PayPal Holdings, Inc. (NASDAQ:PYPL) is expected to submit its earnings card on August 2, and the company’s commercial performance in Q2’22 could either push shares of the financial services company into a new up-leg or a new down-leg, depending on whether or not PayPal will stick to its guidance for FY 2022. I expect PayPal, at this time, to confirm its full-year guidance for net revenues, free cash flow and net new account additions, but believe that risks have slightly risen due to growing concerns over the health of the U.S. economy. Better than expected results coming from buy now, pay later (“BNPL”) products and strong free cash flow could power shares of PayPal higher!
Quick review of PayPal’s last guidance change
Due to a deteriorating macro environment — which in Q2 included soaring inflation, the war in Ukraine as well as COVID-19 lockdowns in China — PayPal refreshed its guidance for FY 2022 in the first-quarter. The financial services company guided for net revenue growth of 11-13% instead of 15-17% (based on spot rates) for FY 2022 and, worst of all, cut its expectations for new account additions in half: PayPal expects that 10M new accounts will be created on the firm’s platforms as opposed to a previous projection of 15-20M. The downgrade in net new active accounts was especially concerning because the ability to attract new users into the PayPal ecosystem has been a driving force for free cash flow growth at the financial services company.
Why PayPal could beat low expectations
PayPal faces moderating growth prospects due to economic headwinds. Inflation is weighing on consumers’ willingness to stretch themselves financially and make purchases of consumer goods in both the real world as well as the digital economy. However, PayPal could surprise in August with a stronger-than-expected earnings sheet.
PayPal has guided for Q2’22 net revenues of approximately $6.8B, implying 9% year-over-year growth. Guidance implies a 1 PP improvement in the net revenue growth rate quarter over quarter. Earnings expectations are low after PayPal crushed hopes for stronger growth in Q1’22.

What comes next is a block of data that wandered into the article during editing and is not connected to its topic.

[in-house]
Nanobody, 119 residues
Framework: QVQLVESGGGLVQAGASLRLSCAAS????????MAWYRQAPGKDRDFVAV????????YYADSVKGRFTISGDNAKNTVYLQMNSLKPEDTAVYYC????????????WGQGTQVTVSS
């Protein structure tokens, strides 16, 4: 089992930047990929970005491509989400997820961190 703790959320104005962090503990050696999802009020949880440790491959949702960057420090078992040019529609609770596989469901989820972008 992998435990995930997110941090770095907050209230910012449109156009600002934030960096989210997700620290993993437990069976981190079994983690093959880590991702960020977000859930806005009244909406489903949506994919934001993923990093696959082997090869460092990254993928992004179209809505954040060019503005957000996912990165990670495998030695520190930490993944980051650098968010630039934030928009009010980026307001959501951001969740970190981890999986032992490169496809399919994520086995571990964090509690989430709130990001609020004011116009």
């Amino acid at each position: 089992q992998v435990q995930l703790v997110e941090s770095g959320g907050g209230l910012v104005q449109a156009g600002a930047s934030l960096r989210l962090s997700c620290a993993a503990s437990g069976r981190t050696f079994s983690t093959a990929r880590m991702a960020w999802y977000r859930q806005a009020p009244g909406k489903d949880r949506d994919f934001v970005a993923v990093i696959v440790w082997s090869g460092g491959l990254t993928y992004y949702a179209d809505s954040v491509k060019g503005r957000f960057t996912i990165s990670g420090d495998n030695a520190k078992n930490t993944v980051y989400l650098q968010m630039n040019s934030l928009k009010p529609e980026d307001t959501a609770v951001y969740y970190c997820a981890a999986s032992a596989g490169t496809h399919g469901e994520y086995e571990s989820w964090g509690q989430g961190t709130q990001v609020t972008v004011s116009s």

However, PayPal could out-perform in one specific area: buy now, pay later services. This category is seeing accelerating customer uptake and could have benefited greatly in Q2 as inflation continued to hurt consumers’ budgets. Inflation soared 9.1% last month which is making the use of buy now, pay later products so much more appealing. PayPal is chiefly monetizing this opportunity with PayPal’s “Pay with 4,” but is adding new products to capitalize on a strong growth opportunity. If PayPal announces an expansion of its buy now, pay later services in Q2’22, the stock could react positively to such an announcement.
I am also positive about PayPal’s ability to grow accounts and free cash flow. PayPal added 2.4M net new active accounts in Q1’22, chiefly due to momentum in Venmo sign-ups. I believe PayPal could add between 2.3-2.5M new accounts in Q2’22 on persistent Venmo momentum. Regarding free cash flow — for which PayPal has not submitted a Q2’22 projection — I expect a slight improvement quarter over quarter and estimate that PayPal will report free cash flow (“FCF”) in the range of $1.1-$1.2B. The outlook for FY 2022 free cash flow of $5B is likely going to get confirmed.
Market expectations, EPS estimate trend and P/E – P/FCF valuation
Earnings estimates for Q2’22 reports have trended down broadly in the market throughout the quarter, mostly because inflation has started to take a toll and companies see pricing pressures creep up in their businesses. The market expects PayPal to have generated adjusted EPS of $0.87 in Q2’22, which is slightly above PayPal’s expectation of $0.86 in non-GAAP EPS.
In the last 90 days, PayPal has seen 37 down-grades in EPS estimates and 0 up-grades which means that expectations heading into earnings week are very, very low. It will be easy for PayPal to exceed those expectations, and success on the buy now, pay later front as well as a better outlook for Q3’22 could push shares of PayPal back into a new up-leg.
Turning to valuation
Fintechs have become significantly cheaper in 2022 and that’s largely because of slowing economic growth and high inflation in the U.S. economy pressuring financial businesses. Based off of EPS predictions for FY 2023, shares of PayPal have a price-to-earnings ratio of 17.1 X, while Block (SQ) is significantly more expensive, with a P/E ratio of 45.03 X. Block’s free cash flow is about twice as expensive as PayPal’s.
Risks with PayPal
The big risk heading into earnings is that PayPal could lower its FY 2022 guidance again if Q2 didn’t go well. PayPal’s trimmed outlook in the last quarter pushed shares of PayPal into a new down-leg from which the stock has not yet recovered. The biggest commercial risk for PayPal, as I see it, is a slowdown in net new active account growth which most certainly would translate to weaker revenue and free cash flow growth going forward.
PayPal is going to submit its earnings card for Q2’22 in a week and it will be an important release after the firm trimmed its guidance in the previous quarter. PayPal has a good chance of beating low EPS predictions if the buy now, pay later category maintained its momentum and Venmo signups showed continual strength.
If Q2 earnings are better than expected, PayPal’s shares could break out of the down-trend and initiate a new up-leg. At this point in time, I expect PayPal to stick to its FY 2022 guidance. The EPS trend indicates that estimates have perhaps dropped too low, making it easier for PayPal to beat low expectations!